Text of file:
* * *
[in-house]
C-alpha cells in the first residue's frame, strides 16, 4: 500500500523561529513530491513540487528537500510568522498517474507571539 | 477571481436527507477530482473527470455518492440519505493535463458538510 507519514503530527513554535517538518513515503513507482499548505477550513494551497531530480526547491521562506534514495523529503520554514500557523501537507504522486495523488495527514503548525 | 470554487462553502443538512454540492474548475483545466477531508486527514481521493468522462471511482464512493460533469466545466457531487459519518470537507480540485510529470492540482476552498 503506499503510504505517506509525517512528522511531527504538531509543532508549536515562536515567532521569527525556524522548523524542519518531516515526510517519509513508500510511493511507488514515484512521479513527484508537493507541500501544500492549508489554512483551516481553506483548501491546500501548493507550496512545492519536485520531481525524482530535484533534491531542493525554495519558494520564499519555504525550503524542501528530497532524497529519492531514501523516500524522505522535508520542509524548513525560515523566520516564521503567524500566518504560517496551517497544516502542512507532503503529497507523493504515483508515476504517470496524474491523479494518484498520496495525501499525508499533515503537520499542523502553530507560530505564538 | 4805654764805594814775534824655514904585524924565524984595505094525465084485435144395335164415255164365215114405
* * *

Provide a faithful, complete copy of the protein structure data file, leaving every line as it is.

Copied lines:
[in-house]
C-alpha cells in the first residue's frame, strides 16, 4: 500500500523561529513530491513540487528537500510568522498517474507571539 | 477571481436527507477530482473527470455518492440519505493535463458538510 507519514503530527513554535517538518513515503513507482499548505477550513494551497531530480526547491521562506534514495523529503520554514500557523501537507504522486495523488495527514503548525 | 470554487462553502443538512454540492474548475483545466477531508486527514481521493468522462471511482464512493460533469466545466457531487459519518470537507480540485510529470492540482476552498 503506499503510504505517506509525517512528522511531527504538531509543532508549536515562536515567532521569527525556524522548523524542519518531516515526510517519509513508500510511493511507488514515484512521479513527484508537493507541500501544500492549508489554512483551516481553506483548501491546500501548493507550496512545492519536485520531481525524482530535484533534491531542493525554495519558494520564499519555504525550503524542501528530497532524497529519492531514501523516500524522505522535508520542509524548513525560515523566520516564521503567524500566518504560517496551517497544516502542512507532503503529497507523493504515483508515476504517470496524474491523479494518484498520496495525501499525508499533515503537520499542523502553530507560530505564538 | 4805654764805594814775534824655514904585524924565524984595505094525465084485435144395335164415255164365215114405